I read something the other day that I want to share, “It will take over 24 million man hours to comply with Dodd-Frank rules per year. It took only 20 million to build the Panama Canal,” according to Rep. Neugebauer, Oversight and Investigations Subcommittee Chairman.
Meanwhile, SEC Commissioner Dan Gallagher, in comments earlier this month, addressed the concern about the small percentage of RIAs that are examined by the SEC annually, eight to nine percent, and the need for more to be examined. Of course, this is not a new issue; it has been under discussion for several years, and as far back as 1992. You may remember that as part of Dodd-Frank, the SEC did a study on the issue and essentially identified three main options on addressing the problem:
1) user fees charged by the SEC to RIAs, probably based on either AUM ranges, or the number of SEC hours required for the examination;
2) the authorization of one or more self-regulatory organizations (“SROs”) for RIAs; and
3) allowing FINRA, the SRO for broker-dealers, to become the SRO for RIAs that are also registered as broker-dealers and perhaps eventually for all RIAs.
The SEC suggested the three options to Congress, and although much discussion ensued with input from the industry, no decision was made. Commissioner Gallagher suggested that the solution may be to provide for third-party examiners of RIAs, perhaps including FINRA to examine dual registrants. I thought it might be worthwhile to identify some of the problems with each potential solution.
Using fees generated through some tiered structure based on AUM would probably be the easiest to implement because the fees would be going directly to the SEC, but earmarked to be used solely for the examination program. This would probably also be the cheapest to implement, since the SEC already has the infrastructure in place. The SEC has requested additional funding from Congress to hire more examiners, but that has not gone well. This is also the option that received the greatest support from RIAs. This RIA support may turn off the SEC and the Congress.
Authorizing one or more SROs received some support from the industry, but the question of funding those SROs caused concern. There was talk that some existing organizations would assume that task for their membership, such as the Investment Adviser Association, the Financial Planning Association, and others. None of those organizations stepped forward, but FINRA did, and the other organizations expressed their concerns with that possibility. Already the SRO for most brokerdealers, FINRA volunteered to be the SRO for RIAs. This met with opposition from many RIAs as well as their Associations, most of which seem to be behind the idea of user fees. Concerns expressed by those advisers and associations include: the perceived large firm bias at FINRA; the salaries paid to the hierarchy at FINRA (which appear to be far above that received by those in similar positions at the SEC); and that any SROs would have to be overseen by the SEC, as would the training of any examination staff employed by the SRO, which would also trigger additional costs to the SEC.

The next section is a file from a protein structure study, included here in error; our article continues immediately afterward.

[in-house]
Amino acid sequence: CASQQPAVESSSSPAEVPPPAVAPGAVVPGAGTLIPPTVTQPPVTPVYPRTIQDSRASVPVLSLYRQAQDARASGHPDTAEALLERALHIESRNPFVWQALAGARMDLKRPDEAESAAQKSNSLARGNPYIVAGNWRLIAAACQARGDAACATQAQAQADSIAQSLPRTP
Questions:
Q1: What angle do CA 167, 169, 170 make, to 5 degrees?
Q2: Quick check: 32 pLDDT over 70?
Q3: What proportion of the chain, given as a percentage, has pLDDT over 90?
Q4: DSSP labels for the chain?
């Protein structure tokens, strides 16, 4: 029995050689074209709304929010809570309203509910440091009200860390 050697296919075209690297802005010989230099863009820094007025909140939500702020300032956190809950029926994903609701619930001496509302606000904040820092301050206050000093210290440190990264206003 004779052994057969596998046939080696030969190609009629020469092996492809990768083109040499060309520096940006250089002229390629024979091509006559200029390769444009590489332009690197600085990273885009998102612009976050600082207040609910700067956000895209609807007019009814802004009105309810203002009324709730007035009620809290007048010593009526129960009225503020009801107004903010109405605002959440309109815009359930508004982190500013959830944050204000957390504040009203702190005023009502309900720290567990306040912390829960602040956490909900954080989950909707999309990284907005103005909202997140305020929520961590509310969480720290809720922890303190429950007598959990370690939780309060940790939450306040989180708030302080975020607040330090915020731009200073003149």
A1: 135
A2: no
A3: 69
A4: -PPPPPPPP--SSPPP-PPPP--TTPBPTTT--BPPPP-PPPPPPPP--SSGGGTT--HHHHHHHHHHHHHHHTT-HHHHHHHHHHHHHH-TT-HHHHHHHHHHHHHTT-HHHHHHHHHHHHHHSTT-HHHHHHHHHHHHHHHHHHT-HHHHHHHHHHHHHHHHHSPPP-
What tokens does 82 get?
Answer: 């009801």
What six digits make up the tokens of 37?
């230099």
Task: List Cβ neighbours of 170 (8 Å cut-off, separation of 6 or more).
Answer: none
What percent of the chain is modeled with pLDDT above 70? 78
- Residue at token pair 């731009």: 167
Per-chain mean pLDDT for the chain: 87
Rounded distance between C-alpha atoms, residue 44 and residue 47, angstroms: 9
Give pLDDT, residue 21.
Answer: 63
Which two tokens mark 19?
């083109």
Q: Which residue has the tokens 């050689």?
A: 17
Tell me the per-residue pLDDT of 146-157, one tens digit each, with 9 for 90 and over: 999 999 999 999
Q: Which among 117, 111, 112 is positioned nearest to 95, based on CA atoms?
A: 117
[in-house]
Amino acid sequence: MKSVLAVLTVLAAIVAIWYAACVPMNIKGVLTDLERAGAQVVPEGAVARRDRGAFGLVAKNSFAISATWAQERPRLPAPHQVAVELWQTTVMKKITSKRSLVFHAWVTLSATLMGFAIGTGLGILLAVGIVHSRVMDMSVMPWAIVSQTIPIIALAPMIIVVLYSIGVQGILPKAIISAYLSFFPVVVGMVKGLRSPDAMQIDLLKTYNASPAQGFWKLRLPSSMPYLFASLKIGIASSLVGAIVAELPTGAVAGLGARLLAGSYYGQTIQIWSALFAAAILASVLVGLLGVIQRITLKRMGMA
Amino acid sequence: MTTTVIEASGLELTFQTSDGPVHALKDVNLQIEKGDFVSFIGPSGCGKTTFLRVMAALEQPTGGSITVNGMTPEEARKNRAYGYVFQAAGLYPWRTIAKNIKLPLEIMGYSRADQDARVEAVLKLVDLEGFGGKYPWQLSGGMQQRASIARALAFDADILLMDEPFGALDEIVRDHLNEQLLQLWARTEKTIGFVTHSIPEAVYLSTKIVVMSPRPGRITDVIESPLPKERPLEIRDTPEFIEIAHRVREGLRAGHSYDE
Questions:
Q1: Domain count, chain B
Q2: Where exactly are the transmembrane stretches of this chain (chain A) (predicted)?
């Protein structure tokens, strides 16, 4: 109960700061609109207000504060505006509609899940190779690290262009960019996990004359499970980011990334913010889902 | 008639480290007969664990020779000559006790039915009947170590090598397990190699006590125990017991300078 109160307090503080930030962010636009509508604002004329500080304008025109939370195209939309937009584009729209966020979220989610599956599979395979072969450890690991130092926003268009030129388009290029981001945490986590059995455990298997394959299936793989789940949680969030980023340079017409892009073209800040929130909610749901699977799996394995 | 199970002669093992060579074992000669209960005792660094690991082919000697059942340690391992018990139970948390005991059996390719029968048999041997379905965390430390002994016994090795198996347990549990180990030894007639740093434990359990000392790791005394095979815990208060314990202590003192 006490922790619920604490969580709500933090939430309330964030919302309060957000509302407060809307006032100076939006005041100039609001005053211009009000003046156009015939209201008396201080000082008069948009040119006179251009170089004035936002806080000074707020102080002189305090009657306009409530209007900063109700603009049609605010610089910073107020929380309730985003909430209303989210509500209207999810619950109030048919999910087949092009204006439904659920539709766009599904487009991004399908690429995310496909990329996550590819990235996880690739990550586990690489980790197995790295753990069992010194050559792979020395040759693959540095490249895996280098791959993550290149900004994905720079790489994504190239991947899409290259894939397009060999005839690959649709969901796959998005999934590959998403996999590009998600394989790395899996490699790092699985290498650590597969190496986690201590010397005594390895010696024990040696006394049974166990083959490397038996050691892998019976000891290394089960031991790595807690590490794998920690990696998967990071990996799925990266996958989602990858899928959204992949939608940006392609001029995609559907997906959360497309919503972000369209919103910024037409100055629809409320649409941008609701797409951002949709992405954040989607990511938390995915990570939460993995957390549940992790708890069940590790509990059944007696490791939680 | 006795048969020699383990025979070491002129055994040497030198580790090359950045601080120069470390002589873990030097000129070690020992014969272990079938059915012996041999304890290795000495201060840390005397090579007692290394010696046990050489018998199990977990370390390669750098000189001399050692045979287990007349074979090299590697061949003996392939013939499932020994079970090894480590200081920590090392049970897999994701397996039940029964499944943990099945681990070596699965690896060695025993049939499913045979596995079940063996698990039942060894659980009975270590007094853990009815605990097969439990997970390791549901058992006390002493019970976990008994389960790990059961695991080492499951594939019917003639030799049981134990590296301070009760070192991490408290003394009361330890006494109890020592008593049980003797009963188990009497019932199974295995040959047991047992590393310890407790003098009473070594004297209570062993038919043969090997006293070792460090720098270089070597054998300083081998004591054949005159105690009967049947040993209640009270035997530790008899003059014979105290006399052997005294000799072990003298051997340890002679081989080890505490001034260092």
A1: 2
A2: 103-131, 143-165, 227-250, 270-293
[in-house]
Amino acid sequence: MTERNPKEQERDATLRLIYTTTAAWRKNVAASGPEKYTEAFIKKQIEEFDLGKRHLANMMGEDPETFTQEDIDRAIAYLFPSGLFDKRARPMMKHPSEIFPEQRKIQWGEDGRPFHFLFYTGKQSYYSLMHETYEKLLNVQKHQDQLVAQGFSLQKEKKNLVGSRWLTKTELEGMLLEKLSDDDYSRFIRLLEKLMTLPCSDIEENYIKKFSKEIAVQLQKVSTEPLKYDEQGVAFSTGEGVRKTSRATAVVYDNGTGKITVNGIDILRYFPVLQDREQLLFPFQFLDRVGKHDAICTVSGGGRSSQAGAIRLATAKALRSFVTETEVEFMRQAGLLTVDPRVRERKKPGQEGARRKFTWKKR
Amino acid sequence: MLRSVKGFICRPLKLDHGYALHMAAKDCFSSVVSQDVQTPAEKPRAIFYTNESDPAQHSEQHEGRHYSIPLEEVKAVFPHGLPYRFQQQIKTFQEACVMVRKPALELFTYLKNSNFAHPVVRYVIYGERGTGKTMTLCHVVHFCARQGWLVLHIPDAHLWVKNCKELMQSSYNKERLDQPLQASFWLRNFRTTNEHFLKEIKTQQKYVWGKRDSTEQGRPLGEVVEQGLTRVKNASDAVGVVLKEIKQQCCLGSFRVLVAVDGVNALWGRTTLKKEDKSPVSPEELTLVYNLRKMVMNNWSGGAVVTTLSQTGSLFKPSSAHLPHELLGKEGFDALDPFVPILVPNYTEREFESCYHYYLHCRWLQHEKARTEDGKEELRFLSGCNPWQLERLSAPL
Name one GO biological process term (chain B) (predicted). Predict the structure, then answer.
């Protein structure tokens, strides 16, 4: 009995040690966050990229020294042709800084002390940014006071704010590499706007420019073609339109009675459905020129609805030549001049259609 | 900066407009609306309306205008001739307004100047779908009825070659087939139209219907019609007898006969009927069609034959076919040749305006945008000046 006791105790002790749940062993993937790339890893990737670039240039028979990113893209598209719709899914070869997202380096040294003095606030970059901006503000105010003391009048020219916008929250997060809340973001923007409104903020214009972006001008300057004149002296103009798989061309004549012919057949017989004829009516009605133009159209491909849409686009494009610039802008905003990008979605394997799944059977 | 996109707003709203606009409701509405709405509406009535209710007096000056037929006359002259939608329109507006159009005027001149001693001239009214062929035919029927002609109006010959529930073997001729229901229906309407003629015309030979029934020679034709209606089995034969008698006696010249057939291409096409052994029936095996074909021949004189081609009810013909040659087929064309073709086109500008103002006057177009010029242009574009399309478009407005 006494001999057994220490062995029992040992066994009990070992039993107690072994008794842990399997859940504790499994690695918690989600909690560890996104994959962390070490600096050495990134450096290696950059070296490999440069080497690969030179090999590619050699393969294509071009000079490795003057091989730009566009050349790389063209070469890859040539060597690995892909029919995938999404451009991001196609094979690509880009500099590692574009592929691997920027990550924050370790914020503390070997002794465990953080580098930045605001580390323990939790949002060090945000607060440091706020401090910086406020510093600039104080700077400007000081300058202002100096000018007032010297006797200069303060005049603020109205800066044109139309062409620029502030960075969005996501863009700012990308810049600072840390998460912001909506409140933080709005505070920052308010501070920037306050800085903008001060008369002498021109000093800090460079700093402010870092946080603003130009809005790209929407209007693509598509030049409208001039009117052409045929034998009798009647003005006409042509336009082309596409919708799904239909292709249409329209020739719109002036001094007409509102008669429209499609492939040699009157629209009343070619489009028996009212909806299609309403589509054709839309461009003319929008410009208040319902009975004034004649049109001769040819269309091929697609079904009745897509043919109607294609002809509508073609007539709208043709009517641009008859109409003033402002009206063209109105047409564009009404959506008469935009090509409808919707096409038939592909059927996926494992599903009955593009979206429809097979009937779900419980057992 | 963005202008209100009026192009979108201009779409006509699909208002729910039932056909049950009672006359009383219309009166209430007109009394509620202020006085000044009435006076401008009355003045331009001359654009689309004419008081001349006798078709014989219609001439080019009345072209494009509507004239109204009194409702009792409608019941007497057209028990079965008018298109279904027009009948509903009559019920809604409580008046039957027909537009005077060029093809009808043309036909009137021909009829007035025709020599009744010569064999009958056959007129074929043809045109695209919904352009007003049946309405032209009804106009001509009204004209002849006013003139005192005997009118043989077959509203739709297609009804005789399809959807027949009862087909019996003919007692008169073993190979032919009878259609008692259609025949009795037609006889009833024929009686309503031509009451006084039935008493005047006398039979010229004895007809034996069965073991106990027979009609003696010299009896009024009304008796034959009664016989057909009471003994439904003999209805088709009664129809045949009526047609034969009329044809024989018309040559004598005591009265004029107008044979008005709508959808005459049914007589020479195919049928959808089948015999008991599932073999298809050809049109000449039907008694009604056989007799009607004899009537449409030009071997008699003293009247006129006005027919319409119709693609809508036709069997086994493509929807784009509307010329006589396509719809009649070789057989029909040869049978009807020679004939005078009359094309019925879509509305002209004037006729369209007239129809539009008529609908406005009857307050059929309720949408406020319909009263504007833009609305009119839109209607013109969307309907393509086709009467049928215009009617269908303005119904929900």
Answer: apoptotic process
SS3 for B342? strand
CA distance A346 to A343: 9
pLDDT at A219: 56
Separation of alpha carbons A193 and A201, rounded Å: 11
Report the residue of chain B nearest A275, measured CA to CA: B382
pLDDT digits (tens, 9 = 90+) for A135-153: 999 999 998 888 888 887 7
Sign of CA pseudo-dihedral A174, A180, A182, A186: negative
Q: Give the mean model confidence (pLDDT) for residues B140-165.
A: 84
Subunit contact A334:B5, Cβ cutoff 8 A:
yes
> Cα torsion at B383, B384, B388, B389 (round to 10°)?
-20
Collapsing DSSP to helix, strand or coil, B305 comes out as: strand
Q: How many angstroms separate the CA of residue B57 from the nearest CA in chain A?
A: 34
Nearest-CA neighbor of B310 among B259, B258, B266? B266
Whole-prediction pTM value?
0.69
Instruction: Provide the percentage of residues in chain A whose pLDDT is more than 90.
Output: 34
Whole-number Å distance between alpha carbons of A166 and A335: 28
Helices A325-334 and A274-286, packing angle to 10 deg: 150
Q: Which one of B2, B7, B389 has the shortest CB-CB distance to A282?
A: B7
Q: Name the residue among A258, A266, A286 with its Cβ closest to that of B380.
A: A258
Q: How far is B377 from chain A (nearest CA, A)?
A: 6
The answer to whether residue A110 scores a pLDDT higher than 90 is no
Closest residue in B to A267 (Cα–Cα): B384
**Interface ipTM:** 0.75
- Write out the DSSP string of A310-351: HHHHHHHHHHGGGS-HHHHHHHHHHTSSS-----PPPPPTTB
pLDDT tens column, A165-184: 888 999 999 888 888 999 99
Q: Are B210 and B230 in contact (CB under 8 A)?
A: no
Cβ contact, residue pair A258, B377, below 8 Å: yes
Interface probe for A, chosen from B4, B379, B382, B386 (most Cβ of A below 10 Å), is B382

Although most RIAs have no problem with FINRA as the SRO for broker-dealers, the concern is that FINRA does not have staff trained to conduct investment-adviser examinations, and that any additional examination staff hired would have to be trained by the SEC. There is also the perception that the change from a suitability standard to a fiduciary standard may be difficult for FINRA examiners, along with concerns from some that since FINRA was the examination authority for Madoff, the whole culture of the investment adviser industry may be difficult for a FINRA examiner to understand.
Not discussed in the SEC’s Study on Enhancing Investment Adviser Examinations, but mentioned by Commissioner Gallagher, was the idea of passing a rule authorizing third parties other than FINRA to conduct examinations of RIAs. There are a number of firms including the Big 4 accounting firms and Focus 1 that conduct “mock SEC exams,” in many cases using the SEC’s own request list. In fact, many of the individuals conducting those examinations are former SEC examiners who are certainly qualified to perform those examinations. I hear arguments on both sides of the issue from those individuals, many of whom would benefit from the SEC passing such a rule.
One concern is how the SEC would manage the entire process. Would individuals or firms apply to the SEC for the right to conduct SEC exams? Would applicants have to pass a test, or just document their experience? Would advisers have to select examiners from an approved list? Would third-party examiners submit examination reports to the SEC, submit the report to the adviser paying for the examination, or both? Would the SEC develop a structure for reporting so that all exam reports are comparable? Would the third-party examiner be working for the adviser or the SEC, which could impact on the information provided to the examiner by the adviser? What about the conflicts of interest for the third-party examiner if they are paid by the adviser? Would the third-party examiner then be able to contract with the adviser to fix the problems or would that be part of the engagements mandated by the SEC?
I think Congress and the SEC need to determine which path they think is best, but I also think they need to get input from the industry before making that decision. It certainly seems as though user fees would be the easiest route, but whether that would be more effective if paid to the SEC or to third-party examiners, or some combination of the two, sounds like the question to be answered.